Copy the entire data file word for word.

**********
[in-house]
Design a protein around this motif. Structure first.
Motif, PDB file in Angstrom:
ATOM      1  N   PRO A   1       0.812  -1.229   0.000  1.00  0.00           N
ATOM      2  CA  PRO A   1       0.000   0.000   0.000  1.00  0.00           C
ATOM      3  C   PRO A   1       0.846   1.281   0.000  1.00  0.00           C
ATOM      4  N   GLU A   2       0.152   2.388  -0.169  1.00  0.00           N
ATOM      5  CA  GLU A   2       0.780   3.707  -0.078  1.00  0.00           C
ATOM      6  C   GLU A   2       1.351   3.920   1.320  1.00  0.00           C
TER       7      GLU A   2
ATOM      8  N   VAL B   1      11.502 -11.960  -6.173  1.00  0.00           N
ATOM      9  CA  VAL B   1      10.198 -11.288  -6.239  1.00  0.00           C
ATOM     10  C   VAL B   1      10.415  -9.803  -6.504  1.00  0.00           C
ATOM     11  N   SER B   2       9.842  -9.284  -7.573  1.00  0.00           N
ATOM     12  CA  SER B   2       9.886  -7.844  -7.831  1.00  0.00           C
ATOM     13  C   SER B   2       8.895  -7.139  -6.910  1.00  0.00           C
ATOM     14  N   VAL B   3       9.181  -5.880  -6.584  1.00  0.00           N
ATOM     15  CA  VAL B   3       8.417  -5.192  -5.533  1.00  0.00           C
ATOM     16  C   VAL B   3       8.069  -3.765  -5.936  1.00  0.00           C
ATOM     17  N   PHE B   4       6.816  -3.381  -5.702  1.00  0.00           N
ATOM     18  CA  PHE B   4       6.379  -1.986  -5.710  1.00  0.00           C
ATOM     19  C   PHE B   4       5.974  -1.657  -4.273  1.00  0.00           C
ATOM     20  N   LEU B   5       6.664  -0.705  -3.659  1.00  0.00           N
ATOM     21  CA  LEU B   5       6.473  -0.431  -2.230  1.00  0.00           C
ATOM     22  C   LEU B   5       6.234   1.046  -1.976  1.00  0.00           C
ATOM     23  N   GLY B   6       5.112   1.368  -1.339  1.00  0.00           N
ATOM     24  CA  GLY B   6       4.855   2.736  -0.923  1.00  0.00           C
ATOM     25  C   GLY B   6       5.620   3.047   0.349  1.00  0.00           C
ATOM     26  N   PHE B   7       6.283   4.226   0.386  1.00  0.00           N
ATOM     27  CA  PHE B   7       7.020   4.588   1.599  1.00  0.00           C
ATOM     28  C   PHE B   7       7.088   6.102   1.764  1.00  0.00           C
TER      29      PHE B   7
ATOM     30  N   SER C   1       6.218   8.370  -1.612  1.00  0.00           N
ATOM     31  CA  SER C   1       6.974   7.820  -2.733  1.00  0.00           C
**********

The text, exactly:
[in-house]
Design a protein around this motif. Structure first.
Motif, PDB file in Angstrom:
ATOM      1  N   PRO A   1       0.812  -1.229   0.000  1.00  0.00           N
ATOM      2  CA  PRO A   1       0.000   0.000   0.000  1.00  0.00           C
ATOM      3  C   PRO A   1       0.846   1.281   0.000  1.00  0.00           C
ATOM      4  N   GLU A   2       0.152   2.388  -0.169  1.00  0.00           N
ATOM      5  CA  GLU A   2       0.780   3.707  -0.078  1.00  0.00           C
ATOM      6  C   GLU A   2       1.351   3.920   1.320  1.00  0.00           C
TER       7      GLU A   2
ATOM      8  N   VAL B   1      11.502 -11.960  -6.173  1.00  0.00           N
ATOM      9  CA  VAL B   1      10.198 -11.288  -6.239  1.00  0.00           C
ATOM     10  C   VAL B   1      10.415  -9.803  -6.504  1.00  0.00           C
ATOM     11  N   SER B   2       9.842  -9.284  -7.573  1.00  0.00           N
ATOM     12  CA  SER B   2       9.886  -7.844  -7.831  1.00  0.00           C
ATOM     13  C   SER B   2       8.895  -7.139  -6.910  1.00  0.00           C
ATOM     14  N   VAL B   3       9.181  -5.880  -6.584  1.00  0.00           N
ATOM     15  CA  VAL B   3       8.417  -5.192  -5.533  1.00  0.00           C
ATOM     16  C   VAL B   3       8.069  -3.765  -5.936  1.00  0.00           C
ATOM     17  N   PHE B   4       6.816  -3.381  -5.702  1.00  0.00           N
ATOM     18  CA  PHE B   4       6.379  -1.986  -5.710  1.00  0.00           C
ATOM     19  C   PHE B   4       5.974  -1.657  -4.273  1.00  0.00           C
ATOM     20  N   LEU B   5       6.664  -0.705  -3.659  1.00  0.00           N
ATOM     21  CA  LEU B   5       6.473  -0.431  -2.230  1.00  0.00           C
ATOM     22  C   LEU B   5       6.234   1.046  -1.976  1.00  0.00           C
ATOM     23  N   GLY B   6       5.112   1.368  -1.339  1.00  0.00           N
ATOM     24  CA  GLY B   6       4.855   2.736  -0.923  1.00  0.00           C
ATOM     25  C   GLY B   6       5.620   3.047   0.349  1.00  0.00           C
ATOM     26  N   PHE B   7       6.283   4.226   0.386  1.00  0.00           N
ATOM     27  CA  PHE B   7       7.020   4.588   1.599  1.00  0.00           C
ATOM     28  C   PHE B   7       7.088   6.102   1.764  1.00  0.00           C
TER      29      PHE B   7
ATOM     30  N   SER C   1       6.218   8.370  -1.612  1.00  0.00           N
ATOM     31  CA  SER C   1       6.974   7.820  -2.733  1.00  0.00           C